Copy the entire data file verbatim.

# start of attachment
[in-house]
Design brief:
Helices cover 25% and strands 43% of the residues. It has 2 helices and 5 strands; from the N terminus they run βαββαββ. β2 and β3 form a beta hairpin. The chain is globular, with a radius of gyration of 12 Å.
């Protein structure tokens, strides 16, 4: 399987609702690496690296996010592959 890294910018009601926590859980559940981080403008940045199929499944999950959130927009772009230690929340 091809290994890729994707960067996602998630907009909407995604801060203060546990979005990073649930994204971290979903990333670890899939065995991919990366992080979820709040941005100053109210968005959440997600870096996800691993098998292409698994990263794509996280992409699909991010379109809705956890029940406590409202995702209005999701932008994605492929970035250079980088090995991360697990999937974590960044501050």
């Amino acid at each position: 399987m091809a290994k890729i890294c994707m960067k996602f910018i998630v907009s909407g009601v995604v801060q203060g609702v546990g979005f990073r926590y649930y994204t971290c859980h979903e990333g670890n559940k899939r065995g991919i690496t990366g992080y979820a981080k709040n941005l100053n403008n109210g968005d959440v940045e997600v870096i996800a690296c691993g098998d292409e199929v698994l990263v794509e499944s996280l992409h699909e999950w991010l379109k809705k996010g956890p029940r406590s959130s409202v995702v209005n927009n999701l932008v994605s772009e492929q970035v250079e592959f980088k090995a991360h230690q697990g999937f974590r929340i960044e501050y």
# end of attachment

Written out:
[in-house]
Design brief:
Helices cover 25% and strands 43% of the residues. It has 2 helices and 5 strands; from the N terminus they run βαββαββ. β2 and β3 form a beta hairpin. The chain is globular, with a radius of gyration of 12 Å.
């Protein structure tokens, strides 16, 4: 399987609702690496690296996010592959 890294910018009601926590859980559940981080403008940045199929499944999950959130927009772009230690929340 091809290994890729994707960067996602998630907009909407995604801060203060546990979005990073649930994204971290979903990333670890899939065995991919990366992080979820709040941005100053109210968005959440997600870096996800691993098998292409698994990263794509996280992409699909991010379109809705956890029940406590409202995702209005999701932008994605492929970035250079980088090995991360697990999937974590960044501050």
């Amino acid at each position: 399987m091809a290994k890729i890294c994707m960067k996602f910018i998630v907009s909407g009601v995604v801060q203060g609702v546990g979005f990073r926590y649930y994204t971290c859980h979903e990333g670890n559940k899939r065995g991919i690496t990366g992080y979820a981080k709040n941005l100053n403008n109210g968005d959440v940045e997600v870096i996800a690296c691993g098998d292409e199929v698994l990263v794509e499944s996280l992409h699909e999950w991010l379109k809705k996010g956890p029940r406590s959130s409202v995702v209005n927009n999701l932008v994605s772009e492929q970035v250079e592959f980088k090995a991360h230690q697990g999937f974590r929340i960044e501050y």